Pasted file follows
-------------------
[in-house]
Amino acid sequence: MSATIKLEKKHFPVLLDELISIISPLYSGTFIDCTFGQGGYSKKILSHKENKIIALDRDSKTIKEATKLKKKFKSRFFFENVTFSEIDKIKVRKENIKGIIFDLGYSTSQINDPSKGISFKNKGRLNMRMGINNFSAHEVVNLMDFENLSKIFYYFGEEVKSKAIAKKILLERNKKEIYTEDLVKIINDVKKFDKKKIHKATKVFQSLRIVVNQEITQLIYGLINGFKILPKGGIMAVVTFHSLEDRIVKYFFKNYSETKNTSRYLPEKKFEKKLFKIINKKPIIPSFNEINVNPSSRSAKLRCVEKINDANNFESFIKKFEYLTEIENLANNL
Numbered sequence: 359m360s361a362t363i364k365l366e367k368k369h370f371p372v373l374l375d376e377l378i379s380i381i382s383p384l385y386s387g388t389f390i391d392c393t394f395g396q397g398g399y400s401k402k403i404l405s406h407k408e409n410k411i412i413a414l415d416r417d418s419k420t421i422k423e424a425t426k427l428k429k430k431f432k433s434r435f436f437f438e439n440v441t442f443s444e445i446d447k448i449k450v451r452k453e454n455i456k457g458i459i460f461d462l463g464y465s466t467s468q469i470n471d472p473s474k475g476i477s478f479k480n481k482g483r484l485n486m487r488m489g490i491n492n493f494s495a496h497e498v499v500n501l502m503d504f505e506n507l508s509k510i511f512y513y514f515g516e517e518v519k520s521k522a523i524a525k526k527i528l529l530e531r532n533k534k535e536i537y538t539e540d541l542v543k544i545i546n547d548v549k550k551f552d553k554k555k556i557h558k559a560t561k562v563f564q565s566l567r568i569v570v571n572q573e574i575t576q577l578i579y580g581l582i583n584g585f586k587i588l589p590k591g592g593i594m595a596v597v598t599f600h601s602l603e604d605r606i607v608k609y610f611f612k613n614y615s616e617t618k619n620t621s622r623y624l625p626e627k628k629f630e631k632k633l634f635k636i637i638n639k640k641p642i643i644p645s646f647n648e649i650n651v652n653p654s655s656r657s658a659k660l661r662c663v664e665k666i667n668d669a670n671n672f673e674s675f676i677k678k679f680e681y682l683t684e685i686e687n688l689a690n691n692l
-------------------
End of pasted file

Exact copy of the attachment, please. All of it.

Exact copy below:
[in-house]
Amino acid sequence: MSATIKLEKKHFPVLLDELISIISPLYSGTFIDCTFGQGGYSKKILSHKENKIIALDRDSKTIKEATKLKKKFKSRFFFENVTFSEIDKIKVRKENIKGIIFDLGYSTSQINDPSKGISFKNKGRLNMRMGINNFSAHEVVNLMDFENLSKIFYYFGEEVKSKAIAKKILLERNKKEIYTEDLVKIINDVKKFDKKKIHKATKVFQSLRIVVNQEITQLIYGLINGFKILPKGGIMAVVTFHSLEDRIVKYFFKNYSETKNTSRYLPEKKFEKKLFKIINKKPIIPSFNEINVNPSSRSAKLRCVEKINDANNFESFIKKFEYLTEIENLANNL
Numbered sequence: 359m360s361a362t363i364k365l366e367k368k369h370f371p372v373l374l375d376e377l378i379s380i381i382s383p384l385y386s387g388t389f390i391d392c393t394f395g396q397g398g399y400s401k402k403i404l405s406h407k408e409n410k411i412i413a414l415d416r417d418s419k420t421i422k423e424a425t426k427l428k429k430k431f432k433s434r435f436f437f438e439n440v441t442f443s444e445i446d447k448i449k450v451r452k453e454n455i456k457g458i459i460f461d462l463g464y465s466t467s468q469i470n471d472p473s474k475g476i477s478f479k480n481k482g483r484l485n486m487r488m489g490i491n492n493f494s495a496h497e498v499v500n501l502m503d504f505e506n507l508s509k510i511f512y513y514f515g516e517e518v519k520s521k522a523i524a525k526k527i528l529l530e531r532n533k534k535e536i537y538t539e540d541l542v543k544i545i546n547d548v549k550k551f552d553k554k555k556i557h558k559a560t561k562v563f564q565s566l567r568i569v570v571n572q573e574i575t576q577l578i579y580g581l582i583n584g585f586k587i588l589p590k591g592g593i594m595a596v597v598t599f600h601s602l603e604d605r606i607v608k609y610f611f612k613n614y615s616e617t618k619n620t621s622r623y624l625p626e627k628k629f630e631k632k633l634f635k636i637i638n639k640k641p642i643i644p645s646f647n648e649i650n651v652n653p654s655s656r657s658a659k660l661r662c663v664e665k666i667n668d669a670n671n672f673e674s675f676i677k678k679f680e681y682l683t684e685i686e687n688l689a690n691n692l